High-end boutique health services – doctors on retainers, 5-star hospitals – are transforming care (for the very wealthy).
[This article in the NY Times Sunday Business section describes what care for the wealthy is like. Those who can afford it can now jump the queue. The poor and even the average patient can wait in the wings while the privileged few are ushered into clinics and hospitals first.]
You have no idea how much money there is here,” said Dr. Harlan Matles, who specializes in internal medicine and joined MD Squared after working at Stanford.
Most of these groups do not advertise, virtually no presence on the web, and new patients come strictly by word of mouth. With annual fees that range from $40,000 to $80,000 per family (more than 10 times what conventional concierge practices charge), the suite of services goes far beyond 24-hour access or a Nespresso machine in the waiting room.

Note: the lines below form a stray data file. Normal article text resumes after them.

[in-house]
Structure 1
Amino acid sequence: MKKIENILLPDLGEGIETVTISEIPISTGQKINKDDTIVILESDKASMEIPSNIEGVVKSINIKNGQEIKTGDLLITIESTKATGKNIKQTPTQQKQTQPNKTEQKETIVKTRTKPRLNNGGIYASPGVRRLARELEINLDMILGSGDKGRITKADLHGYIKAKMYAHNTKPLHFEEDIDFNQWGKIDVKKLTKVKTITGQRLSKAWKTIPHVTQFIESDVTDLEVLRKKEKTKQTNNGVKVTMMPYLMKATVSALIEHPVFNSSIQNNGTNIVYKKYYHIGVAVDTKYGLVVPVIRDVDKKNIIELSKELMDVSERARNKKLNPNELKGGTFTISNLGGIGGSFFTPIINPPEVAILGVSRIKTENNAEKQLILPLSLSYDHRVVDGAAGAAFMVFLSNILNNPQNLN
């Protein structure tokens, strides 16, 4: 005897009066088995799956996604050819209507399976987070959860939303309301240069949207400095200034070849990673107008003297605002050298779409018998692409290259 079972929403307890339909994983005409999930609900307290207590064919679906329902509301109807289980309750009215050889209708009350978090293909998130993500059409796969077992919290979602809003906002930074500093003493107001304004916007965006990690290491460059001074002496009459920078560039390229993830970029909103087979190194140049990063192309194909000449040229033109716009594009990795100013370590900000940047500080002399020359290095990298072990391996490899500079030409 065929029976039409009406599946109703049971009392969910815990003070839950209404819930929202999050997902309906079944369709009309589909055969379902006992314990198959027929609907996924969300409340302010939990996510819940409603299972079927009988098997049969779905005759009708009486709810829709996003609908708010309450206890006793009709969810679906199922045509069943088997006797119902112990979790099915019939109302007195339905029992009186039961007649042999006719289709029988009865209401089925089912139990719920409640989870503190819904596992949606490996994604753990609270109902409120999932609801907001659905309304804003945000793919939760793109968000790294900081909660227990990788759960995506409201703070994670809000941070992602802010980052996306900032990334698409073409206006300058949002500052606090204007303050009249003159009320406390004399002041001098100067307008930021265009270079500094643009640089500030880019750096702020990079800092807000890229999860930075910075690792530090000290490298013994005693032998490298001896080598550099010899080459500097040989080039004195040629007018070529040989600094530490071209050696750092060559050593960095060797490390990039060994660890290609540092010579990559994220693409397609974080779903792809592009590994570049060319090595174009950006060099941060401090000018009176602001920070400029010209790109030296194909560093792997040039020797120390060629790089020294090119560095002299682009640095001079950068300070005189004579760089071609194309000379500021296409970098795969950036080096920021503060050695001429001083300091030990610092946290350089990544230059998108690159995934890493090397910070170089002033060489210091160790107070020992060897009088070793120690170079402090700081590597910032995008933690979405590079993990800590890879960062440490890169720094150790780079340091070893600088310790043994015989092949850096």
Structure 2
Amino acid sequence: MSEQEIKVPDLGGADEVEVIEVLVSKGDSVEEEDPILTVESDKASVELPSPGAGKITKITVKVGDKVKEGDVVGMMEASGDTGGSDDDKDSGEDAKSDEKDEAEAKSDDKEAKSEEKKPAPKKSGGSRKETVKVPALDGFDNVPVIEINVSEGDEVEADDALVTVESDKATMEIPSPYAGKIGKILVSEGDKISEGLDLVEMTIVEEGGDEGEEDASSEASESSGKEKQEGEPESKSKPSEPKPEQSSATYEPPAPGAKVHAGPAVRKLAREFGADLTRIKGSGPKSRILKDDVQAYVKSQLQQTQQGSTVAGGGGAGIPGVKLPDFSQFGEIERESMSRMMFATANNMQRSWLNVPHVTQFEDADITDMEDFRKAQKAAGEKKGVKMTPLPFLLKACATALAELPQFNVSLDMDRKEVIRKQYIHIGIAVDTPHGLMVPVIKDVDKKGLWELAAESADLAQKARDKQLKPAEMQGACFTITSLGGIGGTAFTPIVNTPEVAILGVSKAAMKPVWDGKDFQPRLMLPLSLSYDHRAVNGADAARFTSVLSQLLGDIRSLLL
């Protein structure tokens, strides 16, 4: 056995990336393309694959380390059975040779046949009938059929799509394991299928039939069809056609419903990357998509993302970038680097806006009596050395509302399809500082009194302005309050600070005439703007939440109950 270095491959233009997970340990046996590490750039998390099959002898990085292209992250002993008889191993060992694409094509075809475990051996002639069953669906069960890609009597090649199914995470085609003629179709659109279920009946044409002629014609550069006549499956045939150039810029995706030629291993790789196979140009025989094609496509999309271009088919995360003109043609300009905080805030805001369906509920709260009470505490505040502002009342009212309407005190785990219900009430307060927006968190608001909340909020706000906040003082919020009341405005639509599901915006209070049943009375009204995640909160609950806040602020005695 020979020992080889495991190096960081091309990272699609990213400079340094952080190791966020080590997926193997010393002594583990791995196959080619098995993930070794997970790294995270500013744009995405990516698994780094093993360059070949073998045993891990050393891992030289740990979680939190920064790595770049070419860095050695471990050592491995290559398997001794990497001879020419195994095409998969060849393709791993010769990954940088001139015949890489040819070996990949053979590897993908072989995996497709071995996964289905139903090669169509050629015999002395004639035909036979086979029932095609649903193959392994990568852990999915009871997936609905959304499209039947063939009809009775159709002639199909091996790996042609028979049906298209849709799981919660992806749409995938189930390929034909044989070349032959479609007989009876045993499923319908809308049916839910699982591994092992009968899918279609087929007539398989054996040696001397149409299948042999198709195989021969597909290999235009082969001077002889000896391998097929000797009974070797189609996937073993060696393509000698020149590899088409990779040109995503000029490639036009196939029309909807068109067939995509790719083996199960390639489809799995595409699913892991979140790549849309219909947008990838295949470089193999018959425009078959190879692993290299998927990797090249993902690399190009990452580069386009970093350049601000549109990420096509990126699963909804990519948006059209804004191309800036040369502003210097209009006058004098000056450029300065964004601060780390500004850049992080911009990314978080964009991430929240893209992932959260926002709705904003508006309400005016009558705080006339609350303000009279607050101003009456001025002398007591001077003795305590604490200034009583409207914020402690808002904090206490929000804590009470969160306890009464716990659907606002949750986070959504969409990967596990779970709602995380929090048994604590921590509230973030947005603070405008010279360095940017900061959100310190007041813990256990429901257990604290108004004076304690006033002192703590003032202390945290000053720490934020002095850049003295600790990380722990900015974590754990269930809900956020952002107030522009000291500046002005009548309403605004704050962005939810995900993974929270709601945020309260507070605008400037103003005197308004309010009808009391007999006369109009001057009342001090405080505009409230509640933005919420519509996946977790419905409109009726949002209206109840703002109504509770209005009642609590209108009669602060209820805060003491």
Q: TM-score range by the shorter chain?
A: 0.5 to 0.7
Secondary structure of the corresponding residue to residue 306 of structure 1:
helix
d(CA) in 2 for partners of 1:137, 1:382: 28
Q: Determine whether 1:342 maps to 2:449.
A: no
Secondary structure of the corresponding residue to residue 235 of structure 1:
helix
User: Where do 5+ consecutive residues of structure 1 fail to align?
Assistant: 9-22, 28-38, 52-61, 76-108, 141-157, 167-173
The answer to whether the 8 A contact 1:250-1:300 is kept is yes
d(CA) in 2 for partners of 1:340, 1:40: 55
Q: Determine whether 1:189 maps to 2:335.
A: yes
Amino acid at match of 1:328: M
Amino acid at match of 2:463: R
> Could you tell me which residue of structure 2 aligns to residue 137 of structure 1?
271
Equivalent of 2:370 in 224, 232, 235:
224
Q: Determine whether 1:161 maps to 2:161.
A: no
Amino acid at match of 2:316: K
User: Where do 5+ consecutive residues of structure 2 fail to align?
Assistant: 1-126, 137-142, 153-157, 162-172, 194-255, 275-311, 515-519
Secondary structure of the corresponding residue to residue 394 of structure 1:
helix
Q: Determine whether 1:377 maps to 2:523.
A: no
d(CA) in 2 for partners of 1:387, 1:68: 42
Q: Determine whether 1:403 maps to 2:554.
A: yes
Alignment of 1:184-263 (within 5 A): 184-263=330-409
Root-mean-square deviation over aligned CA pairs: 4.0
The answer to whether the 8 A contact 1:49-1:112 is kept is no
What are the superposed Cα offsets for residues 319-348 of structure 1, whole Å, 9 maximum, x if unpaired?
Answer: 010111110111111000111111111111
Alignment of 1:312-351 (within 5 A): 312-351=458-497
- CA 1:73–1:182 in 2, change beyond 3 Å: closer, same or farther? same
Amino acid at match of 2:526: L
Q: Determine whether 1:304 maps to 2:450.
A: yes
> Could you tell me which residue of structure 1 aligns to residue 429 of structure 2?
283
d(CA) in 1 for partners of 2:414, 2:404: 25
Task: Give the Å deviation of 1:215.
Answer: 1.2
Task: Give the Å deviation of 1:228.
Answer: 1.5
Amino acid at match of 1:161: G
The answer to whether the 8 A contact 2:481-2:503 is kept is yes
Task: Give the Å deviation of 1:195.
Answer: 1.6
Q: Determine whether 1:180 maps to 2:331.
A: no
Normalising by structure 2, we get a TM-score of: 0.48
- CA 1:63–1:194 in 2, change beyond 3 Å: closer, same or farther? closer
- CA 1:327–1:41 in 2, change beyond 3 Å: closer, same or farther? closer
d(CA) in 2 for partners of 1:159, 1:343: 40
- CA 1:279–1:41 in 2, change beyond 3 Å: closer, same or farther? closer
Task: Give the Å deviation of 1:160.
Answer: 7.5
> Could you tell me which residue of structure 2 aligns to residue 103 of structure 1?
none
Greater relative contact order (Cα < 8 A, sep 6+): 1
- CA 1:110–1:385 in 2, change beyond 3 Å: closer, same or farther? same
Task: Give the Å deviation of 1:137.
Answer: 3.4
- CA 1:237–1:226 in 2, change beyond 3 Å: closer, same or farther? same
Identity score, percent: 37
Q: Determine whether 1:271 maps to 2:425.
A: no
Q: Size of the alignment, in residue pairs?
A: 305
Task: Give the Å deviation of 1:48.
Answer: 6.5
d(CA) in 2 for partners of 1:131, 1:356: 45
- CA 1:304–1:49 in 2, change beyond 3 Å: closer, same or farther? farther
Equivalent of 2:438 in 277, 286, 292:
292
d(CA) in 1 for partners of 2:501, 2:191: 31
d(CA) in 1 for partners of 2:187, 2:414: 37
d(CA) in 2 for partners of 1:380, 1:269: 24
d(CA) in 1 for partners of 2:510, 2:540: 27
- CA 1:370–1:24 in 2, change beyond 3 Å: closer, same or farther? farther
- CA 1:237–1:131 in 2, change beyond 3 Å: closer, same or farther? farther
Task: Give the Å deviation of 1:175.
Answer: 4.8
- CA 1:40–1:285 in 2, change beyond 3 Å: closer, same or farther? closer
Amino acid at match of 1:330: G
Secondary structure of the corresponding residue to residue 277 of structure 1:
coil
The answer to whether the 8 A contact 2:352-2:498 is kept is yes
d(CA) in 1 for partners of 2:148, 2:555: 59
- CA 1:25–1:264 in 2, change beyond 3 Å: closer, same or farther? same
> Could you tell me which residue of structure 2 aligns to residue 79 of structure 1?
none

There are rewards for the physicians themselves, of course. A successful internist in New York or San Francisco might earn $200,000 to $300,000 per year; but these boutique practices pay $500,000 to $700,000 annually for the right practitioner.
Nowhere is the velvet rope in health care rising faster than in Northern California, where newfound tech wealth, abundant medical talent and a plethora of health-conscious patients have created a medical system that has more in common with a luxury hotel than with the local clinic.
The traditional model of having a good internist is dying,” said Mr. Traina, a scion of a prominent San Francisco family said. “Even the 25-year-olds at my company either have some form of concierge doc, or they’ll just go to an H.M.O. or a walk-in clinic. No one here has a regular doctor anymore.
As I read this article, I kept thinking, "Something is definitely wrong here. This is immoral and flies in the face of what being a healer is about.